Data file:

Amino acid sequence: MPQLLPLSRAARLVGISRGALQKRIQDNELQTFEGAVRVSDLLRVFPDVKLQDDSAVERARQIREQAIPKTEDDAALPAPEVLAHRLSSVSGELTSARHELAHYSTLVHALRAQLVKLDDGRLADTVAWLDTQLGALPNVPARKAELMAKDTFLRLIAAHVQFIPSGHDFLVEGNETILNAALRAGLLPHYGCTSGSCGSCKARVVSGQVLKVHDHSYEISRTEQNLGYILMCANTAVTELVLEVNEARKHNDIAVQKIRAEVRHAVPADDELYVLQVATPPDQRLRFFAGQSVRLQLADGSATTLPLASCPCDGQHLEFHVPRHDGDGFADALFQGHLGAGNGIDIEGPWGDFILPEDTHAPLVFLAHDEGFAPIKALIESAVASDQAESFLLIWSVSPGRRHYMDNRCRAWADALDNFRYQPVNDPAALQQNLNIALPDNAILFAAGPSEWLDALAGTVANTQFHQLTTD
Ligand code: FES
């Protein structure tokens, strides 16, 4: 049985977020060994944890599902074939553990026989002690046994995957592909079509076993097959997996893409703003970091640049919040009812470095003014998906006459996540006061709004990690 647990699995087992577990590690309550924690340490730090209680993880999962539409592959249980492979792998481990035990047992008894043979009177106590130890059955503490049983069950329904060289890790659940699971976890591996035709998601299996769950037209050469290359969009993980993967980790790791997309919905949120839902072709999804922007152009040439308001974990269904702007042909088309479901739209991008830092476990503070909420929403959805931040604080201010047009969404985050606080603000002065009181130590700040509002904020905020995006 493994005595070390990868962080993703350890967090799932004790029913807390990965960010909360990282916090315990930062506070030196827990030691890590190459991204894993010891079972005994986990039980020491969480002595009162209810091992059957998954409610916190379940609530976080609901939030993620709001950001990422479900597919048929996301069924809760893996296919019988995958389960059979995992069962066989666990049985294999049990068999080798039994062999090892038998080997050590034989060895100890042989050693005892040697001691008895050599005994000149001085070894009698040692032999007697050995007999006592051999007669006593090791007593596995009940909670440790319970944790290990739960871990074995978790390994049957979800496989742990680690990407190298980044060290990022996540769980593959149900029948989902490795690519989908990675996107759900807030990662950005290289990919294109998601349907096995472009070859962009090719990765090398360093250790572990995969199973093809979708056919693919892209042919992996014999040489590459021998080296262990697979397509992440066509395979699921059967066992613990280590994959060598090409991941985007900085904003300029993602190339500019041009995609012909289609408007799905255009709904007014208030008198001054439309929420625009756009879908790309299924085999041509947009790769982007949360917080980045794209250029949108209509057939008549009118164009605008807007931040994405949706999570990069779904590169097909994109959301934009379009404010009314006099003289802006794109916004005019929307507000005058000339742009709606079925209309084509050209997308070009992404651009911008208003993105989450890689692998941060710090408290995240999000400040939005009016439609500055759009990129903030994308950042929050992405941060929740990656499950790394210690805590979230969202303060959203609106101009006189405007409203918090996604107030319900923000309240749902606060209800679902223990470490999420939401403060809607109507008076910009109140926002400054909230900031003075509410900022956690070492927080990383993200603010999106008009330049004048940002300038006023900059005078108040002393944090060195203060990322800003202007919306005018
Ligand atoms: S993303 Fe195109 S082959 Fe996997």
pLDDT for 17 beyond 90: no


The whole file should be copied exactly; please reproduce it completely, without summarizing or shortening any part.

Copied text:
Amino acid sequence: MPQLLPLSRAARLVGISRGALQKRIQDNELQTFEGAVRVSDLLRVFPDVKLQDDSAVERARQIREQAIPKTEDDAALPAPEVLAHRLSSVSGELTSARHELAHYSTLVHALRAQLVKLDDGRLADTVAWLDTQLGALPNVPARKAELMAKDTFLRLIAAHVQFIPSGHDFLVEGNETILNAALRAGLLPHYGCTSGSCGSCKARVVSGQVLKVHDHSYEISRTEQNLGYILMCANTAVTELVLEVNEARKHNDIAVQKIRAEVRHAVPADDELYVLQVATPPDQRLRFFAGQSVRLQLADGSATTLPLASCPCDGQHLEFHVPRHDGDGFADALFQGHLGAGNGIDIEGPWGDFILPEDTHAPLVFLAHDEGFAPIKALIESAVASDQAESFLLIWSVSPGRRHYMDNRCRAWADALDNFRYQPVNDPAALQQNLNIALPDNAILFAAGPSEWLDALAGTVANTQFHQLTTD
Ligand code: FES
């Protein structure tokens, strides 16, 4: 049985977020060994944890599902074939553990026989002690046994995957592909079509076993097959997996893409703003970091640049919040009812470095003014998906006459996540006061709004990690 647990699995087992577990590690309550924690340490730090209680993880999962539409592959249980492979792998481990035990047992008894043979009177106590130890059955503490049983069950329904060289890790659940699971976890591996035709998601299996769950037209050469290359969009993980993967980790790791997309919905949120839902072709999804922007152009040439308001974990269904702007042909088309479901739209991008830092476990503070909420929403959805931040604080201010047009969404985050606080603000002065009181130590700040509002904020905020995006 493994005595070390990868962080993703350890967090799932004790029913807390990965960010909360990282916090315990930062506070030196827990030691890590190459991204894993010891079972005994986990039980020491969480002595009162209810091992059957998954409610916190379940609530976080609901939030993620709001950001990422479900597919048929996301069924809760893996296919019988995958389960059979995992069962066989666990049985294999049990068999080798039994062999090892038998080997050590034989060895100890042989050693005892040697001691008895050599005994000149001085070894009698040692032999007697050995007999006592051999007669006593090791007593596995009940909670440790319970944790290990739960871990074995978790390994049957979800496989742990680690990407190298980044060290990022996540769980593959149900029948989902490795690519989908990675996107759900807030990662950005290289990919294109998601349907096995472009070859962009090719990765090398360093250790572990995969199973093809979708056919693919892209042919992996014999040489590459021998080296262990697979397509992440066509395979699921059967066992613990280590994959060598090409991941985007900085904003300029993602190339500019041009995609012909289609408007799905255009709904007014208030008198001054439309929420625009756009879908790309299924085999041509947009790769982007949360917080980045794209250029949108209509057939008549009118164009605008807007931040994405949706999570990069779904590169097909994109959301934009379009404010009314006099003289802006794109916004005019929307507000005058000339742009709606079925209309084509050209997308070009992404651009911008208003993105989450890689692998941060710090408290995240999000400040939005009016439609500055759009990129903030994308950042929050992405941060929740990656499950790394210690805590979230969202303060959203609106101009006189405007409203918090996604107030319900923000309240749902606060209800679902223990470490999420939401403060809607109507008076910009109140926002400054909230900031003075509410900022956690070492927080990383993200603010999106008009330049004048940002300038006023900059005078108040002393944090060195203060990322800003202007919306005018
Ligand atoms: S993303 Fe195109 S082959 Fe996997």
pLDDT for 17 beyond 90: no